Black can also test the theory that when the queen has gone on a foray it is often better not to retreat to safety, but to stay in the enemy camp as a nuisance: 14.. Jtb4+! 15 <4>e2 16 £kl5? (162bl £>c3+ 17 £>xc3 ®xc3 18 2b3
White, which explains his ability to survive what appears to be a risky situation.
11 £ic4 Wa6 12 i.fl looks awkward for Black, but 12...b5 13 h5 (or 13 <£e3 £.b4!7) 13.. Jbtc2! 14 ®xc2 bxc4 of Bertona-Soppe,
®c5 and White lacks compensation) 16.. Jth5+ San Luis 1999 favours Black, who as well as
#xa2! 21 £ixb4 ®c4+ and Black has a strong attack according to Bticker. This is probably just winning. That line features a queen that is not afraid to wander: ...®d8-d5-a5-a6-e6-b6-b2-a2-c4.
If 15 c3 ®xf4 16 £ixc7+ <£d8 17 &xa8, 17...£>e4 is too strong.
Black is clearly better according to Bticker, who gives the sample line 18 £kI5 c6! 19 £>bc7+ <&d8 20 ¿hxaS cxd5 21 0-0-0 &xc3 22 $Ld2 d4, winning.
Here's a more respectable version of that same variation. A dynamic struggle erupts into a slugfest as Black pits structure and development against White's space and flank attack. To being a pawn up has his knights out and good prospects for his bishop and rooks. Il...<â>xd7 (D)
A typical idea these days: Black is more in-
maintain the balance, Black risks putting his terested in exchanging pieces and preserving king in the centre, even though that allows an immediate line-opening move against it. The queen's role is at first to support Black's pieces. Then at the key moment, instead of retreating to a safe square indicated by the pawn-structure, an active move seems to justify the whole mid-dlegame strategy.
Egger - Soppe
Manila OL 1992
1 e4 d5 2 exd5 ®xd5 3 £tc3 ®a5 4 d4 £tf6 5 ±g4 6 h3 AhS 1 g4 Ag6 8 e6 9 Ag2 c6 10 h4
White has obtained very good play against 8...e6 and 9...c6, so Black has become discouraged from playing this line. The dynamic response that comes next is probably the only chance for equality.
This move challenges the centre just in time but risks being subject to a serious attack because it commits Black to his 11th move. Notice that Black now has more pieces out than his pawn-structure than in finding a traditional spot for his king. It all depends upon tactical issues.
Played to defend against h5, obviously, but also to enforce some simplification and therefore protect Black's king.
13 g5 hxg5 14 hxg5 2xhl+ 15 i.xhl £>e8 16 d5! (D)
Opening up lines against the king, which is necessary if White is going to have any pretensions of an advantage or perhaps even of avoiding a disadvantage; e.g., 16 £\e4 #b6 17 £k:5+ 4>c7 18 £>b3 a5 19 a4 £>d6 and Black has the better-placed pieces.
The key queen move that makes sense of both ...®a5 and ...4>d7, based only upon active play and move-to-move threats. Needless to say, this is all extremely risky on Black's part, yet White has some loose pieces as well.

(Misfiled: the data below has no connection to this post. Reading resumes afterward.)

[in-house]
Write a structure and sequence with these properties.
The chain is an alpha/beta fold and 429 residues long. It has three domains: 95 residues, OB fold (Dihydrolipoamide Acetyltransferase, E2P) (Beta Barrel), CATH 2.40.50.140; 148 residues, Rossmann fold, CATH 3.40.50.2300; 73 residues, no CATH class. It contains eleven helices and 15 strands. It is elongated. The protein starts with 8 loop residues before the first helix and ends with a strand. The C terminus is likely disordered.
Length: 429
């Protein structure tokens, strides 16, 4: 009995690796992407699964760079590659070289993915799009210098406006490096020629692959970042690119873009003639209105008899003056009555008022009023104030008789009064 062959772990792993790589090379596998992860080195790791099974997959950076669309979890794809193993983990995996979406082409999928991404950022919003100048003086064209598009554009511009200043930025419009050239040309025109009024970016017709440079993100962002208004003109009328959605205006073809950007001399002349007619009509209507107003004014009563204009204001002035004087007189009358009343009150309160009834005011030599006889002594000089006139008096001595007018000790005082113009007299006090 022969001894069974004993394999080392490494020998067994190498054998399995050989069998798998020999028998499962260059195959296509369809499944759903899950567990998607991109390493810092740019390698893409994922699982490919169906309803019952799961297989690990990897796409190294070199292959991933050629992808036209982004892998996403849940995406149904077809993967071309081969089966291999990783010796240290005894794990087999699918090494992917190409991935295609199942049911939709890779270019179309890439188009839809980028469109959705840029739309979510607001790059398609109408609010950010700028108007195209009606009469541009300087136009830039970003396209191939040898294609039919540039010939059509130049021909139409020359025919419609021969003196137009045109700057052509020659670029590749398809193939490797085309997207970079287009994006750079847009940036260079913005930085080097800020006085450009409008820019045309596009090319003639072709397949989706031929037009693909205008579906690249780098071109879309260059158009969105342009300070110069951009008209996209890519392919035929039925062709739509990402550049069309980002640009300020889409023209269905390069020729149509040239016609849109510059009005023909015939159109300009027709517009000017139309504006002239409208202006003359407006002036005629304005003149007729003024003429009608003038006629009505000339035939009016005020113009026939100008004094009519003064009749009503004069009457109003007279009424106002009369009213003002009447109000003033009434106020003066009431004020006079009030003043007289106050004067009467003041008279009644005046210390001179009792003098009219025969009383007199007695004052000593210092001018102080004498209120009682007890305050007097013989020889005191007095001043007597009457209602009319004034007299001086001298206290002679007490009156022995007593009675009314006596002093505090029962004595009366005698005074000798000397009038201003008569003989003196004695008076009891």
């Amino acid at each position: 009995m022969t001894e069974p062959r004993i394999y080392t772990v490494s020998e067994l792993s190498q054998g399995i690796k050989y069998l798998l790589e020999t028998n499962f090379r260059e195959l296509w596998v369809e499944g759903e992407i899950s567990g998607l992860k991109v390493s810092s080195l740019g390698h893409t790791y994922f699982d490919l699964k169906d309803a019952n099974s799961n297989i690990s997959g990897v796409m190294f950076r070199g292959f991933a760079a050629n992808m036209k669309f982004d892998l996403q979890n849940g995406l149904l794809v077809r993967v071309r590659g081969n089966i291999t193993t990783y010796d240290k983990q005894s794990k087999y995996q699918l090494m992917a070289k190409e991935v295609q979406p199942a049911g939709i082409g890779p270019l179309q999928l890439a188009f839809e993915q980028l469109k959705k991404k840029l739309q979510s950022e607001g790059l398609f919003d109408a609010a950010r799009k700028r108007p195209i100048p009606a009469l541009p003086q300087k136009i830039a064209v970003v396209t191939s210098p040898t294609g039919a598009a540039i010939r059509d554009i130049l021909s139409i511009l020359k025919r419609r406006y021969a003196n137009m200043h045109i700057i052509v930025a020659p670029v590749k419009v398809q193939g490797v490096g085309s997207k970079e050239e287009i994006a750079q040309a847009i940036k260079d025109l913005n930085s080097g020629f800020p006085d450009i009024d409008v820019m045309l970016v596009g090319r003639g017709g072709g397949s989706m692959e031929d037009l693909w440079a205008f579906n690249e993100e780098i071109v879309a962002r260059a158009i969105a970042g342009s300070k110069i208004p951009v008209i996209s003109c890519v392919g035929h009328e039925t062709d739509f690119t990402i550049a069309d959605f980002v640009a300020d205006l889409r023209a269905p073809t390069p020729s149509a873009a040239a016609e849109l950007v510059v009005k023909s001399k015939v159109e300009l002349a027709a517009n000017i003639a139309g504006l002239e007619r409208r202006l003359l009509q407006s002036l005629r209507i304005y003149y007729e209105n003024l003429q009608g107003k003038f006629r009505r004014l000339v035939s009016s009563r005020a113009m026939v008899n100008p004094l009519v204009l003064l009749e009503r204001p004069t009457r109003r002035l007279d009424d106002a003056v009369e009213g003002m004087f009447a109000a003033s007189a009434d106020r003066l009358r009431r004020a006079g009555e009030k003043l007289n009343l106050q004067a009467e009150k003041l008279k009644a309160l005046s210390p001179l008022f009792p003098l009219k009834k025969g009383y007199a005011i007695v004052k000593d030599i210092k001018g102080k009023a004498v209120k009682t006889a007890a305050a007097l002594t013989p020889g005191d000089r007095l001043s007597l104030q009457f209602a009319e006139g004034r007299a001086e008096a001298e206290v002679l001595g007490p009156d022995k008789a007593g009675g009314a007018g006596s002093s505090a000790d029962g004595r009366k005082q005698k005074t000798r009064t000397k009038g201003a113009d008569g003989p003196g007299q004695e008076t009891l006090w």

Everything is getting tactical. White drops a piece after 18 b3?? ®h4, but 18 £>c3 #xc2 19 JLf4+ is critical. Play should continue 19... Ad6 20 i.xd6 ^xd6 21 £ib5 (White needs to force the play) 21...Wc5 (21...£d3!? 22 £kd6 Wxb2! 23 Sc 1 #b4+ 24 #d2 Wxd6 with equality) 22 £ixd6 «xd6 23 Wa4+ *e7 24 2dl ®e5+ 25
Curt Hansen, upon whose thorough notes I am heavily relying, suggests 18...^c?!? with the idea ...2ad8.
This exchange helps to defang the attacking plans that Black might have had against White's exposed pawn-structure, e.g. by ...#h4.
19...#xdl+ 20 Bxdl £hS 21 Scl 2c8 22 c5 ¿hbS 23 b4
An example has arisen of a queenside majority well supported by bishops. We have seen elsewhere, however, that with the kings centralized, this tends not to be much of an issue. White's real advantage, such as it is, is that Black normally would like to get his central majority moving with ...e5 and ...f5, and that idea isn't realizable.
Hansen mentions that 24 ±bl 2b8 25 c6+ &c7 doesn't really improve White's position, and in fact Black would have the more active pieces.
This is meant to stop ...£kl4, which can be effective in a line like 25 a4 £>d4 26 b5 ¿hb3 27 2c4 £ixd2 28 4>xd2 5d8+ with equality, as given by Hansen.
Not the most accurate. Black can gain essential activity with Hansen's suggestion 25... jte7 26 a4 £>d6 27 Sh4 ±g6 28 £>c4 &xc4 29 2xc4 ±d6 with the idea ...2h8. Then all of Black's pieces are well posted and he can begin to think about advancing his centre pawns.
26 2h4 i.g6 27 a4 £>d4 28 1x3! £k2+29 *hxc2 &xc2 30 b5
Now White is better, because Black has to defend his pawns and has no counterplay. . rest of the game is marked by inaccuracies and finally White loses the thread. I give minimal notes following Hansen's.
31 2f4 seems to give a considerable advantage, the first point being 31...2dl+ 32 <&e2 2xhl 33 2xf7 &xa4 34 £e5+.
32...Sdl+ 33 <4>e2 I.d6 wins the c7-pawn and effectively equalizes.
33 A.c6! is much better.
Finally Black gets to play this move, and it wins.
36 2d7 Ab4+ 37 &e2 le6 38 2dl &xc7 39 f4 ±d6 40 fxe5 Axe5 41 Axe5+ fxe5 42 <4>e3 2d8 43 2cl? 2d4! 44 ±dS+ ¿dl 45 &xe6+ <4>xe6 46 2c7 2d7 47 2c8 <&f5 48 2e8 g6 0-1
In many ways the variation we examine in the next game with 3...#d6 is a more direct test of early queen development at the cost of time than 3...®a5 is.
Biriulin - Melts com 1988-90
International Correspondence Master Michael Melts has specialized in this move and written a fascinating book about it. 3...Wa5 has always taken preference here, but 3...«d6 is also logical because it covers key central squares like e5 and d4. At first glance the queen looks vulnerable to attack by Af4, but this proves hard to arrange and not always effective. A hallmark of the variation is that the queen tends to move forward instead of backward when attacked, often to grab pawns!
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